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Ready Capital Corporation (NYSE:RC)
Q1 2019 Earnings Call
May. 09, 2019, 8:30 a.m. ET

Contents:

  • Prepared Remarks
  • Questions and Answers
  • Call Participants

Prepared Remarks:


Operator

Greetings, and welcome to the Ready Capital Corporation first-quarter 2019 earnings conference call. [Operator instructions] As a reminder, this conference is being recorded. It is now my pleasure to introduce your host, Rick Herbst, chief financial officer. Thank you, sir.

You may begin.

Rick Herbst -- Chief Financial Officer

Thank you, Operator, and good morning, and thanks to those of you on the call for joining us this morning. Some of our comments today will be forward-looking statements within the meaning of the federal securities laws. Such statements are subject to numerous risks and uncertainties that could cause actual results to differ materially from what we expect. Therefore, you should exercise caution in interpreting and relying on them.

We refer you to our SEC filings for a more detailed discussion of the risks that could impact our future operating results and financial condition. During the call today, we will discuss our non-GAAP measures which we believe can be useful in evaluating the company's operating performance. These measures should not be considered in isolation or as a substitute for our financial results prepared in accordance with GAAP. A reconciliation of these measures to the most directly comparable GAAP measure is available in our first-quarter 2019 earnings release and our supplemental information.

By now, everyone should have access to our first-quarter 2019 earnings release and that supplemental information. Both can be found in the investors section of the Ready Capital website. I will now turn it over to Tom Capasse, our CEO.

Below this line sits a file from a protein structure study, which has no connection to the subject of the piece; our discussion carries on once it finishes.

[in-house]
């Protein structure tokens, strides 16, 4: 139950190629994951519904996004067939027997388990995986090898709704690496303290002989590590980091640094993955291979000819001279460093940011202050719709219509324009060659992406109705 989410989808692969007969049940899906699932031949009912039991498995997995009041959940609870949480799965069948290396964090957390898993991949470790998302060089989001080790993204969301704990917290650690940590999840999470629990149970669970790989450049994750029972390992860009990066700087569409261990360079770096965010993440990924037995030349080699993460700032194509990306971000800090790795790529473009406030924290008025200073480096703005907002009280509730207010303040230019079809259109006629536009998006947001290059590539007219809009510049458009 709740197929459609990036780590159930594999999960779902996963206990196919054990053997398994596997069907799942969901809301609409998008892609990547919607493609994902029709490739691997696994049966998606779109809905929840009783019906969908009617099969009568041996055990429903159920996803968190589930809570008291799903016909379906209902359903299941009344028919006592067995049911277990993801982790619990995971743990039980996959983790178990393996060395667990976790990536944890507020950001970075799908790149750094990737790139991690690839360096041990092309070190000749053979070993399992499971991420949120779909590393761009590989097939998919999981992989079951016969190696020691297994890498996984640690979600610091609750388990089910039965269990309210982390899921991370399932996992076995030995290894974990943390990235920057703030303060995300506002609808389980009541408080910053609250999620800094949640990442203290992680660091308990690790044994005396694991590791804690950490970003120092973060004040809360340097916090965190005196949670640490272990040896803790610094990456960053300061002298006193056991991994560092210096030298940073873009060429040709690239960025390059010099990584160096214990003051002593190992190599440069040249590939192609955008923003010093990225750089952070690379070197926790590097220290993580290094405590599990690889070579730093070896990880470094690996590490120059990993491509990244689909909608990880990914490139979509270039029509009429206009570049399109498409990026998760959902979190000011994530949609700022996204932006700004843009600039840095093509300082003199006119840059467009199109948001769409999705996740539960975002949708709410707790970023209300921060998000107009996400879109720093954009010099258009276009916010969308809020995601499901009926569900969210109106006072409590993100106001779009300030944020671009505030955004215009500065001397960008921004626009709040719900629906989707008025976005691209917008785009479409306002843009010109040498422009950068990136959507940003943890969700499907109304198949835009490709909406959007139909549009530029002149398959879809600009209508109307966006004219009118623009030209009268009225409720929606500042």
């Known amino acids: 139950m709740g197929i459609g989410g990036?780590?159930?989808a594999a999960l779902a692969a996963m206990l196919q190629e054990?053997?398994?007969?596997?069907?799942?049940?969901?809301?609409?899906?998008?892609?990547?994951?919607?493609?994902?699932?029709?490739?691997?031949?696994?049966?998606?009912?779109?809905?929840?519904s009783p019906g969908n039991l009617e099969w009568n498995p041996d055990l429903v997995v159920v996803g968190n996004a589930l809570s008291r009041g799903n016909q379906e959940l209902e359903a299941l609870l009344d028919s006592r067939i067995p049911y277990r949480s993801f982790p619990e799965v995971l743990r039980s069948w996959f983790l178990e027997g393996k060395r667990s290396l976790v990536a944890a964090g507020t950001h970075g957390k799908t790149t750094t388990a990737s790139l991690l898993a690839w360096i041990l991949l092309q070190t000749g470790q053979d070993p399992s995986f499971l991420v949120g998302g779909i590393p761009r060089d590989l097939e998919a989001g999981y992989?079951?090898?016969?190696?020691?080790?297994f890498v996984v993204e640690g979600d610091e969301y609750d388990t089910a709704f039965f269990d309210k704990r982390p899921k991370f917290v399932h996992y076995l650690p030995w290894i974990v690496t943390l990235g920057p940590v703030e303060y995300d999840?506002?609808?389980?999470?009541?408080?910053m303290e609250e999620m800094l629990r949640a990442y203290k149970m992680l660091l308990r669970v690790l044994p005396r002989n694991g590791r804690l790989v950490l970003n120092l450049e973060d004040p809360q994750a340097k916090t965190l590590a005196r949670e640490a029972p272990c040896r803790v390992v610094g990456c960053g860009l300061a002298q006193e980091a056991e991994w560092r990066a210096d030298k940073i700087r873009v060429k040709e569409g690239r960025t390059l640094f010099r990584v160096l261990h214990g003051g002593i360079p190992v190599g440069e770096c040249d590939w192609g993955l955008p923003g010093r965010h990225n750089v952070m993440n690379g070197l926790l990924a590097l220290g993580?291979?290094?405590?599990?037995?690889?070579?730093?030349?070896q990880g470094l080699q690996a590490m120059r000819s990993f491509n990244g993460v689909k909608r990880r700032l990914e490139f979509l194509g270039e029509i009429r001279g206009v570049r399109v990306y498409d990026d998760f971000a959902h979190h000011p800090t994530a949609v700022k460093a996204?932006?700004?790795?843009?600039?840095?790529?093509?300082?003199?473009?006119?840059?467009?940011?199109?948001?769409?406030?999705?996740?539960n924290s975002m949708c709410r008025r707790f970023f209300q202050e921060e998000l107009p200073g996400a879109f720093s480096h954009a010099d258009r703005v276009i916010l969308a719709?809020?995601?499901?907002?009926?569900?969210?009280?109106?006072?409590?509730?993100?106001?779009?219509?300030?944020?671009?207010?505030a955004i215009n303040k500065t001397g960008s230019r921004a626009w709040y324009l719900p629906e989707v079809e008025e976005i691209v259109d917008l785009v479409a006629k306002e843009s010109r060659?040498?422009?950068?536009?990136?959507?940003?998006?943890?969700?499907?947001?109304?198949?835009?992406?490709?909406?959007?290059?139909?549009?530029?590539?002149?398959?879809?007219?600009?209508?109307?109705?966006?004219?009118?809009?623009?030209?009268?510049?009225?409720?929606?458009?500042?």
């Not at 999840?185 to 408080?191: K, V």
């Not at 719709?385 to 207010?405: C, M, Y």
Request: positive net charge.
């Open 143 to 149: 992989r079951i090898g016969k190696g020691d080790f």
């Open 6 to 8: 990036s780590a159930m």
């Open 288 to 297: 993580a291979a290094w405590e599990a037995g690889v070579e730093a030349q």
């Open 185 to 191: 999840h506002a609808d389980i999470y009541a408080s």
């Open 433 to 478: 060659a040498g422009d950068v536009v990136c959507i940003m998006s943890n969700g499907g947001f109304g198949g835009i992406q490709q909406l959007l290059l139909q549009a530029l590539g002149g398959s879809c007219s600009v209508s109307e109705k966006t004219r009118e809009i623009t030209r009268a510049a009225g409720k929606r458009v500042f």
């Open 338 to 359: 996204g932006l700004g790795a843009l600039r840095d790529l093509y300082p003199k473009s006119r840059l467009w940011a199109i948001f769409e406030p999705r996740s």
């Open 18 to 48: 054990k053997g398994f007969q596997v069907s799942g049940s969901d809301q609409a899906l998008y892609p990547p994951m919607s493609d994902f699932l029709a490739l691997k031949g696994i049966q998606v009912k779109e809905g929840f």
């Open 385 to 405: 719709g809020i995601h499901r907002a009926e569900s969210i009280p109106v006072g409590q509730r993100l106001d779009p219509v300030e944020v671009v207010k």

Tom Capasse -- Chief Executive Officer

Thanks, Rick. Good morning. Today, I'm joined by Rick Herbst, our retiring CFO; as well as Andrew Ahlborn, who assumes the CFO role on June 1. I'll provide some insight into the business and the highlights from the quarter, and Rick will provide insights on the financial results for the quarter.

We'll then take your questions. Now before we begin we'd like to welcome legacy Owens Realty shareholders to the call as investors in our company. The Owens merger closed seamlessly, and I thank both teams as they continue to execute on the merger integration. The merger transaction added $205 million in stockholders' equity, increased the company's traded float by over 50% and is expected to fund a large percentage of the investment activities for the remainder of the year.

Modeled deployment of the incremental equity from the ORM merger and existing credit facilities provides current buying power of over $650 million. Importantly, the merger will improve Ready Capital's earnings power with minimal impact on the current cost structure. On a GAAP basis, earnings for the quarter were $0.90 per share. Of this amount, $0.78 is due to merger-related items, including what GAAP refers to as bargain purchase gain.

This is the difference between the fair market value of the individual assets acquired in the Owens transaction and the market value of our stock on the closing date. Absent merger-related items, GAAP earnings would have been $0.12 per share. Core earnings for the quarter were $0.34 per share, the biggest difference being a $7 million decline in the fair value of our residential mortgage servicing portfolio. As of April 30, this mark rebounded by $3 million.

Core earnings were negatively impacted by $0.06 of additional noncash one-time expenses. Absent these items, core earnings would have been $0.40 per share. The quarter's headwinds were largely attributable to exogenous events in two product lines: our small balance commercial, or SBC, and our small business administration, or SBA, origination businesses. While these headwinds contributed to financial results falling short of our expectation, we remain confident in our business model.

I'll describe some initiatives we are currently undertaking in order to increase our recurring net interest margin and reduce our reliance on gain on sale revenue. On our last call in March, we projected Q1 origination volumes in both product lines would be lower due to an industrywide slowdown in the SBA 7(a) market and increased competition in the agency multi-family market. Because these two loan products generate immediate gain on sale profits, volume changes here have a more immediate impact on our short-term earnings relative to our other portfolio lending businesses which build net interest income over time. Within our SBC segment, Freddie Mac small balance multi-family originations totaled $63 million, an 11% decline from Q4 2018 volumes.